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Endometrial carcinoma: Epidemiology and risk factors

Lee-may Chen, MD
Jonathan S Berek, MD, MMS
Section Editors
Barbara Goff, MD
Don S Dizon, MD, FACP
Deputy Editor
Sandy J Falk, MD, FACOG


Worldwide in 2012, 527,600 women were diagnosed with uterine cancer [1]. The mortality rate was 1.7 to 2.4 per 100,000 women. In the United States, as with other developed countries, uterine cancer was the most common gynecologic malignancy, with over 60,000 new cases and over 10,000 deaths from the disease in each year [2]. Adenocarcinoma of the endometrium (lining of the uterus) is the most common histologic site and type of uterine cancer.

The main risk factor for endometrioid endometrial carcinoma is an excess of endogenous or exogenous estrogen without adequate opposition by a progestin (eg, postmenopausal estrogen therapy without a progestin). Other risk factors include tamoxifen therapy, obesity, and nulliparity (table 1). In addition, women with Lynch syndrome (hereditary nonpolyposis colon cancer) are at a markedly increased risk of endometrial cancer.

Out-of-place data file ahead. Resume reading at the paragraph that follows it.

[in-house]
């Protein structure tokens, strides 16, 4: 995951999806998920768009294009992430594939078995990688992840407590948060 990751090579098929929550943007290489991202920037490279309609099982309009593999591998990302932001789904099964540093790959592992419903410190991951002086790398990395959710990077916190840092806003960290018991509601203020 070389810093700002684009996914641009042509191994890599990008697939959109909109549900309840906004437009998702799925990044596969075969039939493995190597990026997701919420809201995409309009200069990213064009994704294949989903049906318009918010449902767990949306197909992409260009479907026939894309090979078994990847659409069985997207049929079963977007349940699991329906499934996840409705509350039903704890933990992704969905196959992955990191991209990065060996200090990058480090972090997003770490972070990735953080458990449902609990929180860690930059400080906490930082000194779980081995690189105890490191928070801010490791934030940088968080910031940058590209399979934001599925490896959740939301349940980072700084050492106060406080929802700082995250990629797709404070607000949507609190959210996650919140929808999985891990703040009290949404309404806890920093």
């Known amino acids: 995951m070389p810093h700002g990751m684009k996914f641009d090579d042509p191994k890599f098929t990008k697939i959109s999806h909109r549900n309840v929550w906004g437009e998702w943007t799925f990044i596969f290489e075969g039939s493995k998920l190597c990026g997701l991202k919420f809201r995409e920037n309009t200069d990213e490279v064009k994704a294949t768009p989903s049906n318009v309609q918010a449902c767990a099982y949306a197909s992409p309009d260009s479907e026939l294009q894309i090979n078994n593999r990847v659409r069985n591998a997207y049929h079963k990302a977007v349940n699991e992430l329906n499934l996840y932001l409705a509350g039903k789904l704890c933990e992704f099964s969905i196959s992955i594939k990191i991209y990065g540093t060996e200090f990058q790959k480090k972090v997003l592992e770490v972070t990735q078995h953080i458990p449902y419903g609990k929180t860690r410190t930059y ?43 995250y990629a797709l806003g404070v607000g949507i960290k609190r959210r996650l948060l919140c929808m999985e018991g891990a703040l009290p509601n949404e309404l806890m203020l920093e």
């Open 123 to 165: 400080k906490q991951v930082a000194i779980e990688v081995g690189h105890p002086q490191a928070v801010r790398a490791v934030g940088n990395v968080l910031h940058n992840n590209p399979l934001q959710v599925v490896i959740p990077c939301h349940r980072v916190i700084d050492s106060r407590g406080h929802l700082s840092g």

The epidemiology and risk factors of endometrial carcinoma are reviewed here. An overview of endometrial carcinoma can be found separately. (See "Overview of endometrial carcinoma".)

Related topics are discussed in detail separately, including:

Histopathology and pathogenesis (See "Endometrial carcinoma: Histopathology and pathogenesis".)

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Literature review current through: Nov 2017. | This topic last updated: Jul 07, 2017.
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